Running a site without caching makes as much sense as driving to the store with a glass of water every time you get thirsty. Not only impractical and short-sighted, but also requires a lot of effort!

Browser caching is really handy in order to get users who come back, meaning it can create loyal repeat visitors which will also save a lot of traffic.

A visitor visiting your page for the first time will make several http requests in order to download your site’s files, but by using the Expires and Cache-Control headers, you’ll make those files cacheable. This will help avoid unnecessary http requests on subsequent page views.

For servers with Apache

Apache uses mod_expires and mod_headers modules.

The mod_expires module controls the settings for the HTTP Expires header and expiration directive for the Cache-Control http header in server responses. To change other Cache-Control directives, you can use the mod_headers module.

The mod_headers module describes directives for controlling and changing the HTTP header of requests and responses. Headings can be combined, replaced or removed.

Add these rules to .htaccess to set Expires headers: Reducing MySQL Database Size

Starting with WordPress 2.6, WordPress automatically saves posts at the time of writing, they remain in the MySQL database as document versions even after the post is saved. A large database also increases website load times. I suggest to refuse saving of versions.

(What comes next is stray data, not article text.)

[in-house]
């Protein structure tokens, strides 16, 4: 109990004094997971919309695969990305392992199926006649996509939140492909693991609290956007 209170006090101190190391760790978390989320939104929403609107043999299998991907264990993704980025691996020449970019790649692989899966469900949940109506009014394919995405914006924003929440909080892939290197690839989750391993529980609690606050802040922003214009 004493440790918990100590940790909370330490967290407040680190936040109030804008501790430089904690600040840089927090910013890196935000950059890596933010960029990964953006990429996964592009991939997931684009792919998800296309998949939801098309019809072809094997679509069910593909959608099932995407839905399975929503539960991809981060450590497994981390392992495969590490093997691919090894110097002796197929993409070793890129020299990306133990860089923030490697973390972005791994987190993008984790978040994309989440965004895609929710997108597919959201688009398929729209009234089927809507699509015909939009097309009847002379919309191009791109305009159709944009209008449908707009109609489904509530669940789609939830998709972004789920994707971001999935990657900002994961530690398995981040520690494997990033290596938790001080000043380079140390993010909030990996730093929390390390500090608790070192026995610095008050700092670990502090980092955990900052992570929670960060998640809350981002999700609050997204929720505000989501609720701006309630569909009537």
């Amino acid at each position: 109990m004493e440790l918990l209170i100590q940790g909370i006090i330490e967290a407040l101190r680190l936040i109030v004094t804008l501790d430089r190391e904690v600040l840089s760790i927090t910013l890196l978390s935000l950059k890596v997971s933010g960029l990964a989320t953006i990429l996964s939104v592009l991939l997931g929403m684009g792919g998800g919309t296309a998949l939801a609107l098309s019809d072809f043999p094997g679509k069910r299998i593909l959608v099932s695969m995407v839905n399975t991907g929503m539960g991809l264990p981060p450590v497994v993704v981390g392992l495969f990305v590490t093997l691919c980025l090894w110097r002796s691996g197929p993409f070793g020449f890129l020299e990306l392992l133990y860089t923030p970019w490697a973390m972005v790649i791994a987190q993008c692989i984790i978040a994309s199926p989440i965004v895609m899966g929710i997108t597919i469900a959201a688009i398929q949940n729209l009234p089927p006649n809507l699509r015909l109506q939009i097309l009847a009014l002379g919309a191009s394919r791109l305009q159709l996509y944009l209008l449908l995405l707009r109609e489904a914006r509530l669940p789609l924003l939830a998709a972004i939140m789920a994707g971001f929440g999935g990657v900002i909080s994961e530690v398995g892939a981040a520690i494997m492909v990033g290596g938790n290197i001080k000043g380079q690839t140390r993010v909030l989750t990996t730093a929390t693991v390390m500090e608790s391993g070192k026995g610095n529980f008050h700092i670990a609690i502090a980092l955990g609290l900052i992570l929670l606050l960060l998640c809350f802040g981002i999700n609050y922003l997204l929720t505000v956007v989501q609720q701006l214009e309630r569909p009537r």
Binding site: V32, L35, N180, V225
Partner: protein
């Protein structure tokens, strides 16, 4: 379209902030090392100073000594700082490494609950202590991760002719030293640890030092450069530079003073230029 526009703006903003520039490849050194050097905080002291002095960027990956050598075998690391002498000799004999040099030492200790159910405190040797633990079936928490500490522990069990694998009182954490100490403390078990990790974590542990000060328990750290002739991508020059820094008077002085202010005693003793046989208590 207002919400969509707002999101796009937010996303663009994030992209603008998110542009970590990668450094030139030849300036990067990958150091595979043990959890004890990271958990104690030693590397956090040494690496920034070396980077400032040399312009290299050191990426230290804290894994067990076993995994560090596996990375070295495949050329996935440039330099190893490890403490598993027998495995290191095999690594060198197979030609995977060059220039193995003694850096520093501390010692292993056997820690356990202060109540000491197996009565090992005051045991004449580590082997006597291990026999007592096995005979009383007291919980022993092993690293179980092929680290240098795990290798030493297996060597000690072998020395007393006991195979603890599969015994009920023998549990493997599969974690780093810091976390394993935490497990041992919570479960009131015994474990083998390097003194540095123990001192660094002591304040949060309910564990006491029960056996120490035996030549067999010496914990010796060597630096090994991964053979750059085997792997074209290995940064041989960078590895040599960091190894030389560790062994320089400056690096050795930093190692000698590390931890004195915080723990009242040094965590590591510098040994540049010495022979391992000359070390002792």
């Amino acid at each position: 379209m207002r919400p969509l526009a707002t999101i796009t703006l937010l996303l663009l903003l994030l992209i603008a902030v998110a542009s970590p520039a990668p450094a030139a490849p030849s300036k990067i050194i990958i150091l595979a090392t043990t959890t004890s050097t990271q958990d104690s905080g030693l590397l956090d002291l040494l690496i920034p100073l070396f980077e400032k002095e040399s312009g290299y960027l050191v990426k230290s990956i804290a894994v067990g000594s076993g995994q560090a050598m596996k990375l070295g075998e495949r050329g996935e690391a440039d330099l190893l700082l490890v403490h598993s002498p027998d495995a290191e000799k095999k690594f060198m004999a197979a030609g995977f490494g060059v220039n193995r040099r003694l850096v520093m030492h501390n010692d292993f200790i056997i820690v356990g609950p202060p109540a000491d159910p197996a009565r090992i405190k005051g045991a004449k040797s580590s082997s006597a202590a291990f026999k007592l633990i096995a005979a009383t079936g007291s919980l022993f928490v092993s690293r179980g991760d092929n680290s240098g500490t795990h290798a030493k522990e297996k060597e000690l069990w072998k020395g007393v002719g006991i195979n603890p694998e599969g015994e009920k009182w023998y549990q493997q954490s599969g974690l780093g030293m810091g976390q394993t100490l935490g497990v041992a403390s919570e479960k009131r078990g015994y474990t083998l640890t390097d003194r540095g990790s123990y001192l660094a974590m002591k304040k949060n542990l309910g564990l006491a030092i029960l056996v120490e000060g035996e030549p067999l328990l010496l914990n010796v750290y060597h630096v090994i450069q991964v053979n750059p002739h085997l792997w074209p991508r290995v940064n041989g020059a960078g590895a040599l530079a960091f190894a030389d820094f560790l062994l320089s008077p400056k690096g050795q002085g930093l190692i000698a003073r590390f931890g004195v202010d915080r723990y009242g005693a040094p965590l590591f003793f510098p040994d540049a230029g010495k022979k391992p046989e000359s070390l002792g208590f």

Paste the following code into wp-config.php to disable versioning:


define(‘WP_POST_REVISIONS’, false );

If you choose to keep this option, you can also keep versions in the database for a fixed number of days, such as 10 days.

And one more thing…

Adding an expires header won’t affect how fast the site loads on the first visit, but you’ll be surprised how much faster the loading time will be for the next page view or returning user visit.

Track how your site works: show the number of requests and processing time.

Just paste the following code after the copyright text in your theme’s footer.php file:


<?php echo get_num_queries(); ?> queries in <?php timer_stop(1); ?> seconds.

How to move a WordPress site from a subdirectory to the root directory

Let’s say your WordPress site is currently in a subdirectory instead of the site’s root directory. Such situations happen, and every time there are reasons for that. In this case, the site will have the address, and you will probably want to change it to in the future. In order not to do a lot of extra manual work, you can make a few changes to the settings and edit a couple of files. It won’t take more than five minutes of your time. And in this quick guide, you’ll learn how.

FTP client or cPanel access

Code editor

This method will work for a standard WordPress installation and with many frameworks, as well as using a parent and child theme.

But be aware! You should not use this method for multisites, as they should already be in the default root directory.

Before you start, just in case, back up your information. Use any familiar backup plugin for this. And if you haven’t got one yet, be sure to do so.